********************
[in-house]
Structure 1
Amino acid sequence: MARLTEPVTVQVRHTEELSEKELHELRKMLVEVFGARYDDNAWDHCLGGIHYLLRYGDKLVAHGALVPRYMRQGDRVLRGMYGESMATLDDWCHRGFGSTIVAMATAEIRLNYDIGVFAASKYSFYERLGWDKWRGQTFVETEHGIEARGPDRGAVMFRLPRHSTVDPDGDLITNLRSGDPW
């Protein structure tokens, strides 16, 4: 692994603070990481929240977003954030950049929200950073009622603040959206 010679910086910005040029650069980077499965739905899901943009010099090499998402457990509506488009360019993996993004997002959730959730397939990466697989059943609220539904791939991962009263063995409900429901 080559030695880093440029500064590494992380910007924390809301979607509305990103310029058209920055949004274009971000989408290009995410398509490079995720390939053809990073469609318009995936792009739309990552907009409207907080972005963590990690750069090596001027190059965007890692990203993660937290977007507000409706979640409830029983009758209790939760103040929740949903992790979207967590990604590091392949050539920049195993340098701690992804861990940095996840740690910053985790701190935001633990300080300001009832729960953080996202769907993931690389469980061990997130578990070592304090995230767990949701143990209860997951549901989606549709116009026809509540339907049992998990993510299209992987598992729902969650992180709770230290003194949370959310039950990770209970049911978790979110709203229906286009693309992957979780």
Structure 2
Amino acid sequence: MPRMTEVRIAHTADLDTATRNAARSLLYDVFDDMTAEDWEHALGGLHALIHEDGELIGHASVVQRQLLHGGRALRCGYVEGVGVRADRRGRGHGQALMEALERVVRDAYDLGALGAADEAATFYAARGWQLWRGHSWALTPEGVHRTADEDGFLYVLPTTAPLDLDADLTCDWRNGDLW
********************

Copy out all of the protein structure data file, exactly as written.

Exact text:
[in-house]
Structure 1
Amino acid sequence: MARLTEPVTVQVRHTEELSEKELHELRKMLVEVFGARYDDNAWDHCLGGIHYLLRYGDKLVAHGALVPRYMRQGDRVLRGMYGESMATLDDWCHRGFGSTIVAMATAEIRLNYDIGVFAASKYSFYERLGWDKWRGQTFVETEHGIEARGPDRGAVMFRLPRHSTVDPDGDLITNLRSGDPW
């Protein structure tokens, strides 16, 4: 692994603070990481929240977003954030950049929200950073009622603040959206 010679910086910005040029650069980077499965739905899901943009010099090499998402457990509506488009360019993996993004997002959730959730397939990466697989059943609220539904791939991962009263063995409900429901 080559030695880093440029500064590494992380910007924390809301979607509305990103310029058209920055949004274009971000989408290009995410398509490079995720390939053809990073469609318009995936792009739309990552907009409207907080972005963590990690750069090596001027190059965007890692990203993660937290977007507000409706979640409830029983009758209790939760103040929740949903992790979207967590990604590091392949050539920049195993340098701690992804861990940095996840740690910053985790701190935001633990300080300001009832729960953080996202769907993931690389469980061990997130578990070592304090995230767990949701143990209860997951549901989606549709116009026809509540339907049992998990993510299209992987598992729902969650992180709770230290003194949370959310039950990770209970049911978790979110709203229906286009693309992957979780």
Structure 2
Amino acid sequence: MPRMTEVRIAHTADLDTATRNAARSLLYDVFDDMTAEDWEHALGGLHALIHEDGELIGHASVVQRQLLHGGRALRCGYVEGVGVRADRRGRGHGQALMEALERVVRDAYDLGALGAADEAATFYAARGWQLWRGHSWALTPEGVHRTADEDGFLYVLPTTAPLDLDADLTCDWRNGDLW